11. #5261

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    East West Connector

    Remainder of the old wall broken up.

  12. #5262

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    Flared top. Final height?


  13. #5263

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    Hope for ground zero
    By STEVE CUOZZO
    Last Updated: 5:06 AM, July 26, 2010
    Posted: 1:19 AM, July 26, 2010
    It's taken nearly nine years, but large-scale commercial redevelopment of the World Trade Center site is tantalizingly close to taking off. But everything depends on the outcome of two ongoing, parallel negotiations involving the Port Authority -- neither of which is a sure thing.

    The Port Authority's 1 WTC is pushing skyward, and Larry Silverstein's 4 WTC should start major construction soon. The towers together would restore about half of the Twin Towers' 8.8 million square feet of office space.

    It's less than the city needs but more than political and bureaucratic inertia once seemed likely to bring forth -- and, if successful, would keep hope alive that two more great towers planned for the site will go up eventually.

    PA Executive Director Chris Ward is backing agreements with developers to ensure that 4 WTC rises and to make 1 WTC viable. But either deal could be undone by the PA's New Jersey side or by rogue commissioners from either state.

    The more critical issue involves 4 WTC. Without a deal for the PA to provide full "backstop" financing (i.e., loan guarantees), Silverstein can't build the $1.8 billion, 61-story, state-of-the-art structure above its current, six-story steel base.

    The PA and Silverstein announced a tentative agreement in March, with a binding contract to be signed within 120 days -- but indications now are that a final deal won't happen by the PA's next board meeting, on Aug. 5.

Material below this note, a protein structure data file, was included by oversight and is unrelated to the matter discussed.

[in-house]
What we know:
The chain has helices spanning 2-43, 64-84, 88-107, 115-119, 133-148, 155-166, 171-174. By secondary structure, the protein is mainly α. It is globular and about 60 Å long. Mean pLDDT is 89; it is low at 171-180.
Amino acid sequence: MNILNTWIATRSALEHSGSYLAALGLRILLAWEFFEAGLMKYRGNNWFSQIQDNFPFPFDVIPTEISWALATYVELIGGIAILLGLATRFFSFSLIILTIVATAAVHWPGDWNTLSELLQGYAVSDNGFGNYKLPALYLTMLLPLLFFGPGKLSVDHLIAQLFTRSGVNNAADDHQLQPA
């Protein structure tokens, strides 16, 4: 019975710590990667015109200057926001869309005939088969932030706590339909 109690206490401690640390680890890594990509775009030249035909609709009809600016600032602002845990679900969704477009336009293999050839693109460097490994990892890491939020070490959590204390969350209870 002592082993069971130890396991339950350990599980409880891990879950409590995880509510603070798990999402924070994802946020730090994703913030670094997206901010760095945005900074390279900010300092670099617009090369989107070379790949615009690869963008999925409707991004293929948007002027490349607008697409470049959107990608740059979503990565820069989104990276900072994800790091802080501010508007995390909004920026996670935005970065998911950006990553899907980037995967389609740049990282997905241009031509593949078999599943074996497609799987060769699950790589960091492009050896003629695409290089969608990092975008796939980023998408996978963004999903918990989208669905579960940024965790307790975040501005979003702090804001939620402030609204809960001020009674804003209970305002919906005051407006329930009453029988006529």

Ominously, New Jersey Gov. Chris Christie has sounded less than fully committed to the plan -- and one PA commissioner, Henry R. Silverman (a New York appointee and until recently the agency's vice chairman), has grumbled that the PA can't afford it.

    Even a delay could prove devastating. Silverstein hopes to finish 4 WTC by 2013, when New York's aged office stock will seem even more antiquated to companies requiring state-of-the art facilities. The project's 1.8 million square feet will help meet the inevitable demand.

    But Silverstein must convert $1 billion in Liberty Bonds (now in escrow) into a construction loan by year's end to meet the 2013 target -- or to build at all. (The tax-exempt bonds would let him borrow more cheaply; the PA backstop would protect borrowers against default.)

    Yet he can't sell the bonds until the PA agrees to the financing terms. And given the history between the sides, nothing should be mistaken for done until it's done.

    At 1 WTC, the PA and Douglas Durst are trying to hammer out a partnership arrangement, announced last month, to give him a $100 million stake in the $2.6 billion project. That would "brand" the long-troubled tower in the name of one of the city's most successful private developers and make him responsible for leasing and managing it.

    Durst would have a far stronger chance of making 1 WTC commercially viable; the PA has neither heart nor skill for the task. But, the New York Observer reported, the PA wants the right to boot Durst simply if it doesn't like how things are going. Such a prenup hardly suggests confidence and could end up putting the PA at war with Durst, as it's long been with Silverstein.

    Private-developer expertise is needed because nearly all of 1 WTC's 2.6 million square feet are up for grabs. The oft-published assertion that a federal agency and a state agency are "committed" to 1 million square feet is false: Neither lease has been signed three years since they were first announced.

    Yet private-sector interest in 1 WTC is strong. As I first reported, Bank of New York Mellon is considering moving its headquarters there. So is Conde Nast, a tenant at Durst's 4 Times Square.

    Durst could also help break the logjam with the larger of the stalled government-agency leases. The Federal General Services Administration, which would take 600,000 square feet, happens to be a tenant at his 1133 Sixth Ave.

    The PA must overcome internal bickering and complete the deals with Silverstein and Durst. Otherwise, the "World Trade Center" will consist of a sprawling memorial and one lonely, near-empty office building amid empty lots.

    scuozzo@nypost.com

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  14. #5264

  15. #5265
    Disgruntled Optimist lofter1's Avatar
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    Everything looks squashed + fat